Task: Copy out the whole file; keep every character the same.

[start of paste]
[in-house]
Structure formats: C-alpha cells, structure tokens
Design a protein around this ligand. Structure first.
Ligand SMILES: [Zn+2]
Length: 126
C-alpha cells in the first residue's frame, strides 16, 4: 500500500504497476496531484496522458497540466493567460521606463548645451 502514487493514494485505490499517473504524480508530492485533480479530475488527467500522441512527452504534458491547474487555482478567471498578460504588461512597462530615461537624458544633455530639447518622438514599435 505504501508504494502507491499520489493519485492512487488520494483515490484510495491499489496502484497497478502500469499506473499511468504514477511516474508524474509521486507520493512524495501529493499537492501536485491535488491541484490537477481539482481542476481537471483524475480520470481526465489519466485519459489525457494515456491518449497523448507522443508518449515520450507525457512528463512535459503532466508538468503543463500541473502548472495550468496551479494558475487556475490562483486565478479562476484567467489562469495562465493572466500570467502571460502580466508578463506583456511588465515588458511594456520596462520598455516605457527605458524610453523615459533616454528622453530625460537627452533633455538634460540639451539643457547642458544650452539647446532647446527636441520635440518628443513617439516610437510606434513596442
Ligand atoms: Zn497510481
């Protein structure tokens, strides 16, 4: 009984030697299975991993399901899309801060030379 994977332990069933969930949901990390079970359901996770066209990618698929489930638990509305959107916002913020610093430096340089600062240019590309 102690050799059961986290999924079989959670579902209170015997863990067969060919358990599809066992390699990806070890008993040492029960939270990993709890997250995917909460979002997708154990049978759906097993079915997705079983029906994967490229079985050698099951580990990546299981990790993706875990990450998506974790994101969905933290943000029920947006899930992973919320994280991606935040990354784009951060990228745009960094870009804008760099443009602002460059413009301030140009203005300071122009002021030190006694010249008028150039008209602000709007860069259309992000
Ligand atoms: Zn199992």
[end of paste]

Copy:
[in-house]
Structure formats: C-alpha cells, structure tokens
Design a protein around this ligand. Structure first.
Ligand SMILES: [Zn+2]
Length: 126
C-alpha cells in the first residue's frame, strides 16, 4: 500500500504497476496531484496522458497540466493567460521606463548645451 502514487493514494485505490499517473504524480508530492485533480479530475488527467500522441512527452504534458491547474487555482478567471498578460504588461512597462530615461537624458544633455530639447518622438514599435 505504501508504494502507491499520489493519485492512487488520494483515490484510495491499489496502484497497478502500469499506473499511468504514477511516474508524474509521486507520493512524495501529493499537492501536485491535488491541484490537477481539482481542476481537471483524475480520470481526465489519466485519459489525457494515456491518449497523448507522443508518449515520450507525457512528463512535459503532466508538468503543463500541473502548472495550468496551479494558475487556475490562483486565478479562476484567467489562469495562465493572466500570467502571460502580466508578463506583456511588465515588458511594456520596462520598455516605457527605458524610453523615459533616454528622453530625460537627452533633455538634460540639451539643457547642458544650452539647446532647446527636441520635440518628443513617439516610437510606434513596442
Ligand atoms: Zn497510481
């Protein structure tokens, strides 16, 4: 009984030697299975991993399901899309801060030379 994977332990069933969930949901990390079970359901996770066209990618698929489930638990509305959107916002913020610093430096340089600062240019590309 102690050799059961986290999924079989959670579902209170015997863990067969060919358990599809066992390699990806070890008993040492029960939270990993709890997250995917909460979002997708154990049978759906097993079915997705079983029906994967490229079985050698099951580990990546299981990790993706875990990450998506974790994101969905933290943000029920947006899930992973919320994280991606935040990354784009951060990228745009960094870009804008760099443009602002460059413009301030140009203005300071122009002021030190006694010249008028150039008209602000709007860069259309992000
Ligand atoms: Zn199992």